Simi Valley Mayor Greg Stratton is scheduled to meet today with the director of the National Park Service to express support for swapping federal parkland to acquire property owned by entertainer Bob Hope in eastern Ventura County, officials said.
Stratton and three other City Council members are in Washington this week attending the annual conference of the National League of Cities.
The mayor, who is to meet with Park Service Director James Ridenour, expressed appreciation to Gov. Pete Wilson for his efforts in bringing about a compromise involving the related land-swap proposal and Jordan Ranch housing development.
Last week, Wilson met with officials of Ventura County, Santa Monica Mountains Conservancy, National Park Service and an attorney for Hope to discuss the issue.
Wilson said he supports a land exchange because it would allow state and federal park agencies to acquire large parcels for the Santa Monica National Recreation Area at little or no cost.
A land swap is necessary to provide an access road to a 750--unit housing development and golf course planned for Hope's Jordan Ranch south of Simi Valley.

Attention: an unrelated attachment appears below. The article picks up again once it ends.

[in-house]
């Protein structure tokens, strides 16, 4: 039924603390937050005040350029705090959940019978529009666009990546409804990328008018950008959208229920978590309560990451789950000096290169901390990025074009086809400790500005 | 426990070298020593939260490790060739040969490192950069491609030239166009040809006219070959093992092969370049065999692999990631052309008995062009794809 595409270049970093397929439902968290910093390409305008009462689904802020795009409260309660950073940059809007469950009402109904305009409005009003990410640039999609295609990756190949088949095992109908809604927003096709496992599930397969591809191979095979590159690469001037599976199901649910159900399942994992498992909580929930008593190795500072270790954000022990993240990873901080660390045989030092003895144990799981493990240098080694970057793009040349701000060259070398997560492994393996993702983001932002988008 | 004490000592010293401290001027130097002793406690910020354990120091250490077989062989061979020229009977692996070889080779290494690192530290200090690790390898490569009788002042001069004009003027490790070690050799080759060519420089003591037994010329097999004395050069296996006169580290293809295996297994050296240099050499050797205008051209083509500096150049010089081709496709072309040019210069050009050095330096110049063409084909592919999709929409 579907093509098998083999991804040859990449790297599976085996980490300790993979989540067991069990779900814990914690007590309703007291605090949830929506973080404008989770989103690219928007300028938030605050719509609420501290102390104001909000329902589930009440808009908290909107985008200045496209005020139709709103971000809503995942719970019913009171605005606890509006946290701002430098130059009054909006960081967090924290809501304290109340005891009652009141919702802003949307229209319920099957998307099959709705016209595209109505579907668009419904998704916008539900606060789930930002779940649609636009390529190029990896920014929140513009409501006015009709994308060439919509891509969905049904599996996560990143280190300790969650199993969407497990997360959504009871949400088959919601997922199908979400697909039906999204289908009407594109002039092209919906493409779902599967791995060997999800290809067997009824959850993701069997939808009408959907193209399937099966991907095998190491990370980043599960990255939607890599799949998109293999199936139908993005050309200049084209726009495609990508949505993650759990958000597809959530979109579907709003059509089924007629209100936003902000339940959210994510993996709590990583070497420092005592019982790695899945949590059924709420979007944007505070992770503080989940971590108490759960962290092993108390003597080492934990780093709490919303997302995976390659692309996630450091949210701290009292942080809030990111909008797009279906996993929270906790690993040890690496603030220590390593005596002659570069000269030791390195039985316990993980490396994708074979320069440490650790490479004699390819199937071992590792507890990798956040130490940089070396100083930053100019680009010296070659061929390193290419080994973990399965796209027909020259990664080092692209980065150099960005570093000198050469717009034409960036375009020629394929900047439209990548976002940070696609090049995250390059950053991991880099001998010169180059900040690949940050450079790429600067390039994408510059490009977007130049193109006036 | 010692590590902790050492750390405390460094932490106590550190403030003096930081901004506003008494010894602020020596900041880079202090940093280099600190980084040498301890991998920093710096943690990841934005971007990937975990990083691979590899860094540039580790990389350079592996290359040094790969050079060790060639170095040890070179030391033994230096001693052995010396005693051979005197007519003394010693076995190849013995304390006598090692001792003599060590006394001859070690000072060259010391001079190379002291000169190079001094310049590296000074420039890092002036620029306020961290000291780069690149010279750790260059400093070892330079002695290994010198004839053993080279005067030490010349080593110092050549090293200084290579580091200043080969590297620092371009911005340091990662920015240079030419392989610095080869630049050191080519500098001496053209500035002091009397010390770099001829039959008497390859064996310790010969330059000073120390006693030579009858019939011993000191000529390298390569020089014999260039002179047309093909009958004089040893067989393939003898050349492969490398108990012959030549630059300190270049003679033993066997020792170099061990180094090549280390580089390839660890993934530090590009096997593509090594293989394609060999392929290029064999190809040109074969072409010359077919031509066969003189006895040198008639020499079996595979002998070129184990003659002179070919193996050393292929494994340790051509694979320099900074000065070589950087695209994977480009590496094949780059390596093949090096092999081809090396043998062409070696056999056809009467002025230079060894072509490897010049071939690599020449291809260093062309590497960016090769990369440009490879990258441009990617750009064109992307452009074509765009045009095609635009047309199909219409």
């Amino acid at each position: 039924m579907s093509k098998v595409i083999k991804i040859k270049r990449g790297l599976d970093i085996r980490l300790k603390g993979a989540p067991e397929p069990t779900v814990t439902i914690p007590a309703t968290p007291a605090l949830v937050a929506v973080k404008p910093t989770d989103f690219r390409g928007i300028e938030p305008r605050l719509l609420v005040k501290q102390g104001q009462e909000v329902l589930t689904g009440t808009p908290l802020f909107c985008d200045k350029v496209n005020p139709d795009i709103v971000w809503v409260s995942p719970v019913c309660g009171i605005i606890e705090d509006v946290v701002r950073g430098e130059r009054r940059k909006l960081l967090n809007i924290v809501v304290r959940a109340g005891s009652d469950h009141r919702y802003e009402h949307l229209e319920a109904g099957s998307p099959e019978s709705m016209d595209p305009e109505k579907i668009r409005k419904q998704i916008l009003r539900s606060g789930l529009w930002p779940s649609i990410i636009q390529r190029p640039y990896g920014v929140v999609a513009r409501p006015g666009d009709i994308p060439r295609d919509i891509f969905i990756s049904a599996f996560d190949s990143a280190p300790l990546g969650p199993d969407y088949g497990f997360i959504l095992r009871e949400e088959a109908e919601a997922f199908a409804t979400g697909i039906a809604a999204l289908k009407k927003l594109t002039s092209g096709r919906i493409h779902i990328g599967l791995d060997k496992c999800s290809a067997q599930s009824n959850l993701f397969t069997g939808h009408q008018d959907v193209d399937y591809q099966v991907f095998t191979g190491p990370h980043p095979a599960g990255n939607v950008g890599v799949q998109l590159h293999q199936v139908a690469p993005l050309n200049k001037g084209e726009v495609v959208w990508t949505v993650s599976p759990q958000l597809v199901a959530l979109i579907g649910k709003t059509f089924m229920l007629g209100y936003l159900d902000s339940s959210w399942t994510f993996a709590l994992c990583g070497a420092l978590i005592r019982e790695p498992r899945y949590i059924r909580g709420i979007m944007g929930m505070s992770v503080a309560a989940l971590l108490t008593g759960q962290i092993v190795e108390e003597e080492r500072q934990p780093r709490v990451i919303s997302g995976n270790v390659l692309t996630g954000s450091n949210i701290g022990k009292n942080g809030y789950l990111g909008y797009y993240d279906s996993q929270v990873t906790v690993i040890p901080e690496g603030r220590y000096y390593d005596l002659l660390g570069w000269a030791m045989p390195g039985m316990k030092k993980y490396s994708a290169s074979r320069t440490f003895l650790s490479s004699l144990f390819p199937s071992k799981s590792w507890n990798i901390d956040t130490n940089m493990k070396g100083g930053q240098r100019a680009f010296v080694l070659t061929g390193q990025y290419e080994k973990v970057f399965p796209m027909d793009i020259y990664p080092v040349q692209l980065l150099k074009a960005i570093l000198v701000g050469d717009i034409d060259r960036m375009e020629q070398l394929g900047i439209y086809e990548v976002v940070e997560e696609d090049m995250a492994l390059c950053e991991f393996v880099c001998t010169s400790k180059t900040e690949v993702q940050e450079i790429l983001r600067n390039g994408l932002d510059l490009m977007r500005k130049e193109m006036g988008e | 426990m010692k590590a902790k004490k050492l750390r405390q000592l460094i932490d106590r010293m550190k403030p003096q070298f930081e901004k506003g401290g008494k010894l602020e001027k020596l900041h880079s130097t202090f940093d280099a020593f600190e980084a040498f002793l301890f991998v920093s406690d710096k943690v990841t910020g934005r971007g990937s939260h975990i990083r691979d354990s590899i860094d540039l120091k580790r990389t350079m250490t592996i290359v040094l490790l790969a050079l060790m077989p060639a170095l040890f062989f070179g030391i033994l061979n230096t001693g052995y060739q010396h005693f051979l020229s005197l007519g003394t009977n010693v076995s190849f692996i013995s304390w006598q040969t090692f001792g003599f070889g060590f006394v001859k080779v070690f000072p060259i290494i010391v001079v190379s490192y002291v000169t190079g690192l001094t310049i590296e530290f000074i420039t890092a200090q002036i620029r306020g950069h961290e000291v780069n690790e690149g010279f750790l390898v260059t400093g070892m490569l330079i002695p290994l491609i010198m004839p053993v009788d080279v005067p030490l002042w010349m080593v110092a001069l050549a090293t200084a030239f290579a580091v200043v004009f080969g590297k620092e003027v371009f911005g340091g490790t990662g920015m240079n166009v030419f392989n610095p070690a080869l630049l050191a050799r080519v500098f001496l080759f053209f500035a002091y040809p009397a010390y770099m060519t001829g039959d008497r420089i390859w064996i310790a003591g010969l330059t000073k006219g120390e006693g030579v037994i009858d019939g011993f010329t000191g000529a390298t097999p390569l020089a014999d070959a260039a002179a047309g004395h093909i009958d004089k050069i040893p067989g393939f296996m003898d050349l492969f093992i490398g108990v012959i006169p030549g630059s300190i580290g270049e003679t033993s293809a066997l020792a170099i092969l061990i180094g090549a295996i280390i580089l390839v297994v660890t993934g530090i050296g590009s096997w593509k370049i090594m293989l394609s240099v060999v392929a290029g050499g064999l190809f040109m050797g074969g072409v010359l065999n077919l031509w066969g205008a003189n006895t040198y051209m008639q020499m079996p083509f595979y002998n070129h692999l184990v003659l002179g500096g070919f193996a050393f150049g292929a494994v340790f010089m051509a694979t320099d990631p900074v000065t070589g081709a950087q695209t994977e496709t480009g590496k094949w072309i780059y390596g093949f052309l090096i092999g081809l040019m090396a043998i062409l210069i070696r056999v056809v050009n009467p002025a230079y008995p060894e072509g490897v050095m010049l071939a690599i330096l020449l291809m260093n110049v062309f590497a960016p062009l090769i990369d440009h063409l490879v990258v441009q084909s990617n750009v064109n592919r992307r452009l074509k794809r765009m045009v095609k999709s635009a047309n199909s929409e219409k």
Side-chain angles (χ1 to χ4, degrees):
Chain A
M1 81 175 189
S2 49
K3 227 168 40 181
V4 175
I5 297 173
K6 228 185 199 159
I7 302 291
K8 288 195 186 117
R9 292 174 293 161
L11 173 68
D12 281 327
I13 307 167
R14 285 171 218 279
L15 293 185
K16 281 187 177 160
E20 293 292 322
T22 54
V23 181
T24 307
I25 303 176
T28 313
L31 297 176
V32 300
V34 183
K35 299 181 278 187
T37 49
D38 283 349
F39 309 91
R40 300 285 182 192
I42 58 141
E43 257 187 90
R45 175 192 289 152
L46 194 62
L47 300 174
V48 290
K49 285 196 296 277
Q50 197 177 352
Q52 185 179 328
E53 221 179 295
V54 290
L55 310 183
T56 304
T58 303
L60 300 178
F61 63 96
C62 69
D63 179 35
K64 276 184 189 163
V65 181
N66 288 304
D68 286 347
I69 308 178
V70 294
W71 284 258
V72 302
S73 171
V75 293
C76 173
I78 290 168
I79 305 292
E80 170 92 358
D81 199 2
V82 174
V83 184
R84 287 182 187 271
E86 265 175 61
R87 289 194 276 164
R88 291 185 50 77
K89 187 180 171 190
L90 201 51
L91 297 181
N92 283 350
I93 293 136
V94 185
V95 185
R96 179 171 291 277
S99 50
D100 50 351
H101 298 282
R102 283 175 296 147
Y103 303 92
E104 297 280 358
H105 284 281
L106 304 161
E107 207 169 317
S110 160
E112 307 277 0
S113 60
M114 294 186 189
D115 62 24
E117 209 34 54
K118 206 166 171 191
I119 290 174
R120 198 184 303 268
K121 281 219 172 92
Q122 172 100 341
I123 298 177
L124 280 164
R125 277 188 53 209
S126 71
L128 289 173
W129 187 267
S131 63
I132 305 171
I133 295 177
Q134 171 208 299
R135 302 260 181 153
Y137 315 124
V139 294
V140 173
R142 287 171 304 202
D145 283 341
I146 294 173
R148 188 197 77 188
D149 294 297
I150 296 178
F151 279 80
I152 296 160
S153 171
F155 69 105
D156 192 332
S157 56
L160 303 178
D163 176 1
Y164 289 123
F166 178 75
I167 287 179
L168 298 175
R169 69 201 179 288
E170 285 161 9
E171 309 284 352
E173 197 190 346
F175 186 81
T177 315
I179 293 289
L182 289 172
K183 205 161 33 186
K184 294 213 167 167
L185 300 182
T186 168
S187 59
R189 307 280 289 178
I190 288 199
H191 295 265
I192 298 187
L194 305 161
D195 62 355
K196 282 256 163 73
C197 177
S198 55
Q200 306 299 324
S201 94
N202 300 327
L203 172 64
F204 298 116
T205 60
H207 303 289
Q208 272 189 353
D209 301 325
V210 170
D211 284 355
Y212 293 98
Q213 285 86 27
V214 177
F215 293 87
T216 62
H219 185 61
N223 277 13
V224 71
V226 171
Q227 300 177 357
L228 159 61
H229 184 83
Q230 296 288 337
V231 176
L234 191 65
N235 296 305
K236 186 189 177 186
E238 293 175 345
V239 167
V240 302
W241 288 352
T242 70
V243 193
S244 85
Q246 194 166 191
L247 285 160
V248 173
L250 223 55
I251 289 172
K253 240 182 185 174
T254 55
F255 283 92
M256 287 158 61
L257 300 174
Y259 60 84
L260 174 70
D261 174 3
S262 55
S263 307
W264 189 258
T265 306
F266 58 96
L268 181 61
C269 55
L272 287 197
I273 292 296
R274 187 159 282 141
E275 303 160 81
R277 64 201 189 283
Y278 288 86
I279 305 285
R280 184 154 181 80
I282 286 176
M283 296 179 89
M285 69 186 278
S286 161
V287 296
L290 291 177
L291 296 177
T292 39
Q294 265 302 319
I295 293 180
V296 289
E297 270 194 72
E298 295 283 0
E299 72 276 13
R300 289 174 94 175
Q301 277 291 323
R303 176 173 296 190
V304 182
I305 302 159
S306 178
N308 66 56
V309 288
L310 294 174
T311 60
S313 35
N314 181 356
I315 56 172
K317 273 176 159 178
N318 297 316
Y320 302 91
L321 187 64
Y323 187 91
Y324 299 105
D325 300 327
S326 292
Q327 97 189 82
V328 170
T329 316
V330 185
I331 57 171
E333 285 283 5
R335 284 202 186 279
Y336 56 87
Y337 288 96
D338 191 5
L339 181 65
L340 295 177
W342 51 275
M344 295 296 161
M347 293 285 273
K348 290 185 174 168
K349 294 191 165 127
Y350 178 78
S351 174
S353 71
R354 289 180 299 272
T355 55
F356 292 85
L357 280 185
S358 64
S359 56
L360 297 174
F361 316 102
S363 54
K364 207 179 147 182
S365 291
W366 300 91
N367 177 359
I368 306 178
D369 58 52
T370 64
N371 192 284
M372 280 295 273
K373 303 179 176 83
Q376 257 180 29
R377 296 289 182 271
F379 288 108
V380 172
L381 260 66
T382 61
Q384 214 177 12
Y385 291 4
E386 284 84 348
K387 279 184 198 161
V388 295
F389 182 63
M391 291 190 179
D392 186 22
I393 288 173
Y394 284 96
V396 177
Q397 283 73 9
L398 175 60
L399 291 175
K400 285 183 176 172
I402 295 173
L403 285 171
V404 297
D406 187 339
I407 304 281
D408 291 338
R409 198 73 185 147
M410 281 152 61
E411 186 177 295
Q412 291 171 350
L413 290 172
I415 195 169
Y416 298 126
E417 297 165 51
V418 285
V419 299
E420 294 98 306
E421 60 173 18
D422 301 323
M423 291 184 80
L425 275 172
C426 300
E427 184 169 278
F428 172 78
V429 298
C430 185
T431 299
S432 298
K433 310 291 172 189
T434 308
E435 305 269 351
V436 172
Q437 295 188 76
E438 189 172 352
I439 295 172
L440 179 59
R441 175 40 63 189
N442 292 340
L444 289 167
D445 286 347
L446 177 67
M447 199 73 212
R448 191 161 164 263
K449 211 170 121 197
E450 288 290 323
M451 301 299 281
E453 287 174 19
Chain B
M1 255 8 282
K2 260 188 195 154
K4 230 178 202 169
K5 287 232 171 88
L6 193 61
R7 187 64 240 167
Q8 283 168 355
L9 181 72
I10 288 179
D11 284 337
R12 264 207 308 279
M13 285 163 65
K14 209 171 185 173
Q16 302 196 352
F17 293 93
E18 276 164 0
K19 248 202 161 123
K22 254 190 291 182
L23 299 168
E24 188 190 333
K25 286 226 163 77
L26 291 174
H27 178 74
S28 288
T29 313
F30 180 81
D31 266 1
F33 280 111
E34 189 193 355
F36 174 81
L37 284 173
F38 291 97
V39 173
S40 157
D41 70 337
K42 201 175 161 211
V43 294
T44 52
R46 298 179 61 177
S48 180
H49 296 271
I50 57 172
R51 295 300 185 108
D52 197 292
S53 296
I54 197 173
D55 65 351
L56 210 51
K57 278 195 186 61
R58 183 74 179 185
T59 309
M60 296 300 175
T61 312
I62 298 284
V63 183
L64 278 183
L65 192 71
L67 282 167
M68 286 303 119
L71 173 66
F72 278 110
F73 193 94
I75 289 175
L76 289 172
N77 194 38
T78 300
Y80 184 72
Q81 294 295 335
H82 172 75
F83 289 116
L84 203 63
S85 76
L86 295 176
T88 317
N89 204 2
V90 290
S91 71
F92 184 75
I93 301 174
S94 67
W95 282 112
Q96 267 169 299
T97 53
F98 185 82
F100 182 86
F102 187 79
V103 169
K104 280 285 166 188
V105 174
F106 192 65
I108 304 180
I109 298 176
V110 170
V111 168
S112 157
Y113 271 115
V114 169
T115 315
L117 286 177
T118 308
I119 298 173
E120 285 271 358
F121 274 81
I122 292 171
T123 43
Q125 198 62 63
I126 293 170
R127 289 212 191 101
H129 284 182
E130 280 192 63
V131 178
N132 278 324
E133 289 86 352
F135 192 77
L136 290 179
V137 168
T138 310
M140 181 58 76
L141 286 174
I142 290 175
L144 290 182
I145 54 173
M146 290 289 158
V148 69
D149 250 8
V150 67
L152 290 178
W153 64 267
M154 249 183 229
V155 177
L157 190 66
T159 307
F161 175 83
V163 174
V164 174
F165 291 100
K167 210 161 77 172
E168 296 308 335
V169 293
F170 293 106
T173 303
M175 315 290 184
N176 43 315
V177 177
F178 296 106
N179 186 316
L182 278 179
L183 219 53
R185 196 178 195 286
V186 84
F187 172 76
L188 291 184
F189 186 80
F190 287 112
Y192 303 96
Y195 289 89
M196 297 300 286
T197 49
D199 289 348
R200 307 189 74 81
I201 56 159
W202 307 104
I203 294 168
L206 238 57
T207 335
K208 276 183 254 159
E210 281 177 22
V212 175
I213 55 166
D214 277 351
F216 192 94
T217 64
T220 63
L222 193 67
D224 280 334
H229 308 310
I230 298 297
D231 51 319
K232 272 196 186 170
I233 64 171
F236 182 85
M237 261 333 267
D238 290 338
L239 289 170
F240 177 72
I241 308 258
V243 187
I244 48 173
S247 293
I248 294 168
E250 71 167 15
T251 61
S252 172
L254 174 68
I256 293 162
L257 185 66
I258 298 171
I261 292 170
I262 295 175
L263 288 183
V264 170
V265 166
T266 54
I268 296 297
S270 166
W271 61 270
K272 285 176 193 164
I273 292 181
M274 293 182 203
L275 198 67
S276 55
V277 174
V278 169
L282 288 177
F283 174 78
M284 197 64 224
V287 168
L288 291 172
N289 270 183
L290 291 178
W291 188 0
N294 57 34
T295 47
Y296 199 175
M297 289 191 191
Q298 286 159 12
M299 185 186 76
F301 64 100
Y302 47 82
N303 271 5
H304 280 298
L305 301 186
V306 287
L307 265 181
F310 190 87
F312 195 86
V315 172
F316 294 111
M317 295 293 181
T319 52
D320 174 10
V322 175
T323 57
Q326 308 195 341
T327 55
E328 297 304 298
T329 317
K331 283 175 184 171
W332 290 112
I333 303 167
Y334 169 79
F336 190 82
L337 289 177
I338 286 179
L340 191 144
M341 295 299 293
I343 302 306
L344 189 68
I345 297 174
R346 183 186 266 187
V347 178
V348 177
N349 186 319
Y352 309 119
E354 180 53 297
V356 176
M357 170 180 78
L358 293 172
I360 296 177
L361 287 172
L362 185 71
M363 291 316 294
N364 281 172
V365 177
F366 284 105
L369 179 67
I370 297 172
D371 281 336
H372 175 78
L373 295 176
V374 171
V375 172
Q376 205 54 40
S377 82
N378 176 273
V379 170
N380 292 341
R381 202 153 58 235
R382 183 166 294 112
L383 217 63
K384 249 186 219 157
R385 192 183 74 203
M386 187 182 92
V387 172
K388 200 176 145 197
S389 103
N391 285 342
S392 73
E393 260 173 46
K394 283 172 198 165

Under the land-swap proposal, the National Park Service would exchange 59 acres needed for the road for 864 acres of the 2,308-acre Jordan Ranch. Hope has sweetened the deal by offering to sell and donate an additional 4,836 acres in the Santa Monica and Santa Susana mountains for a below-market price of $10 million.
Hope's offer is dependent on approval of the land swap and the Jordan Ranch development, which is pending before the Board of Supervisors.
Fearing that the board will reject the housing development, Hope has asked Simi Valley to annex his property.
The city is exploring the possibility because officials said such a move would prevent Blind Canyon--a nearby Hope property that is part of the Jordan Ranch deal--from becoming a landfill.